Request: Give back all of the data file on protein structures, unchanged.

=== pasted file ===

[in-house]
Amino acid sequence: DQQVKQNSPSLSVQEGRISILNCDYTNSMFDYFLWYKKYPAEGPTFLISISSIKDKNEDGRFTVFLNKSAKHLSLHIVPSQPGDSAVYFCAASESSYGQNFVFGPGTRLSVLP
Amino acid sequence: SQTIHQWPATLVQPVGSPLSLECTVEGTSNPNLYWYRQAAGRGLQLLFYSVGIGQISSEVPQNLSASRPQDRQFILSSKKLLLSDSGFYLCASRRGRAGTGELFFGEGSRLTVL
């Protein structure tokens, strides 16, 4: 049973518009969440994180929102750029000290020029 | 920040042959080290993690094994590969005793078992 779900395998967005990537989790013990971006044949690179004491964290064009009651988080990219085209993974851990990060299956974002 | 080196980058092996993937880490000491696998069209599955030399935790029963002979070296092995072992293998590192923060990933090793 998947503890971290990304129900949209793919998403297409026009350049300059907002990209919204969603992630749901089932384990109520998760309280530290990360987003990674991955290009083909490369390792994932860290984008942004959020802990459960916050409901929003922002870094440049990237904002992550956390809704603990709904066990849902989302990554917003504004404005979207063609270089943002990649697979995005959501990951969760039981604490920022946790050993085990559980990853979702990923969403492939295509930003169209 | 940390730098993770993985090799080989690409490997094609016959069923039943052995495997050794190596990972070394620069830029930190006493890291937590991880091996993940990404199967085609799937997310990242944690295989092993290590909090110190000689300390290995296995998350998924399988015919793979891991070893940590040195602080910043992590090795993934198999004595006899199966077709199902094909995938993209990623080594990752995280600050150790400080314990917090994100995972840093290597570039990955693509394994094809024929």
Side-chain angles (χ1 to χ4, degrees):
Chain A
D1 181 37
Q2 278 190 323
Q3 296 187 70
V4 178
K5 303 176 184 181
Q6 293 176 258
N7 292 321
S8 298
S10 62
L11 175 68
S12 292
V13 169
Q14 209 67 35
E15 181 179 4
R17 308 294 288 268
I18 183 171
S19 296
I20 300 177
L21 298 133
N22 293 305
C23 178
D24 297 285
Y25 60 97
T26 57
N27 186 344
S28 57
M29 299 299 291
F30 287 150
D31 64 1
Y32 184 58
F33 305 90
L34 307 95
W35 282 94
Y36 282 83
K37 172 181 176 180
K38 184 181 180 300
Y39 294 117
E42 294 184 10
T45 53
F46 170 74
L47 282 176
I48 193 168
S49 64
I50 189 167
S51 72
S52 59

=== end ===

[in-house]
Amino acid sequence: DQQVKQNSPSLSVQEGRISILNCDYTNSMFDYFLWYKKYPAEGPTFLISISSIKDKNEDGRFTVFLNKSAKHLSLHIVPSQPGDSAVYFCAASESSYGQNFVFGPGTRLSVLP
Amino acid sequence: SQTIHQWPATLVQPVGSPLSLECTVEGTSNPNLYWYRQAAGRGLQLLFYSVGIGQISSEVPQNLSASRPQDRQFILSSKKLLLSDSGFYLCASRRGRAGTGELFFGEGSRLTVL
């Protein structure tokens, strides 16, 4: 049973518009969440994180929102750029000290020029 | 920040042959080290993690094994590969005793078992 779900395998967005990537989790013990971006044949690179004491964290064009009651988080990219085209993974851990990060299956974002 | 080196980058092996993937880490000491696998069209599955030399935790029963002979070296092995072992293998590192923060990933090793 998947503890971290990304129900949209793919998403297409026009350049300059907002990209919204969603992630749901089932384990109520998760309280530290990360987003990674991955290009083909490369390792994932860290984008942004959020802990459960916050409901929003922002870094440049990237904002992550956390809704603990709904066990849902989302990554917003504004404005979207063609270089943002990649697979995005959501990951969760039981604490920022946790050993085990559980990853979702990923969403492939295509930003169209 | 940390730098993770993985090799080989690409490997094609016959069923039943052995495997050794190596990972070394620069830029930190006493890291937590991880091996993940990404199967085609799937997310990242944690295989092993290590909090110190000689300390290995296995998350998924399988015919793979891991070893940590040195602080910043992590090795993934198999004595006899199966077709199902094909995938993209990623080594990752995280600050150790400080314990917090994100995972840093290597570039990955693509394994094809024929």
Side-chain angles (χ1 to χ4, degrees):
Chain A
D1 181 37
Q2 278 190 323
Q3 296 187 70
V4 178
K5 303 176 184 181
Q6 293 176 258
N7 292 321
S8 298
S10 62
L11 175 68
S12 292
V13 169
Q14 209 67 35
E15 181 179 4
R17 308 294 288 268
I18 183 171
S19 296
I20 300 177
L21 298 133
N22 293 305
C23 178
D24 297 285
Y25 60 97
T26 57
N27 186 344
S28 57
M29 299 299 291
F30 287 150
D31 64 1
Y32 184 58
F33 305 90
L34 307 95
W35 282 94
Y36 282 83
K37 172 181 176 180
K38 184 181 180 300
Y39 294 117
E42 294 184 10
T45 53
F46 170 74
L47 282 176
I48 193 168
S49 64
I50 189 167
S51 72
S52 59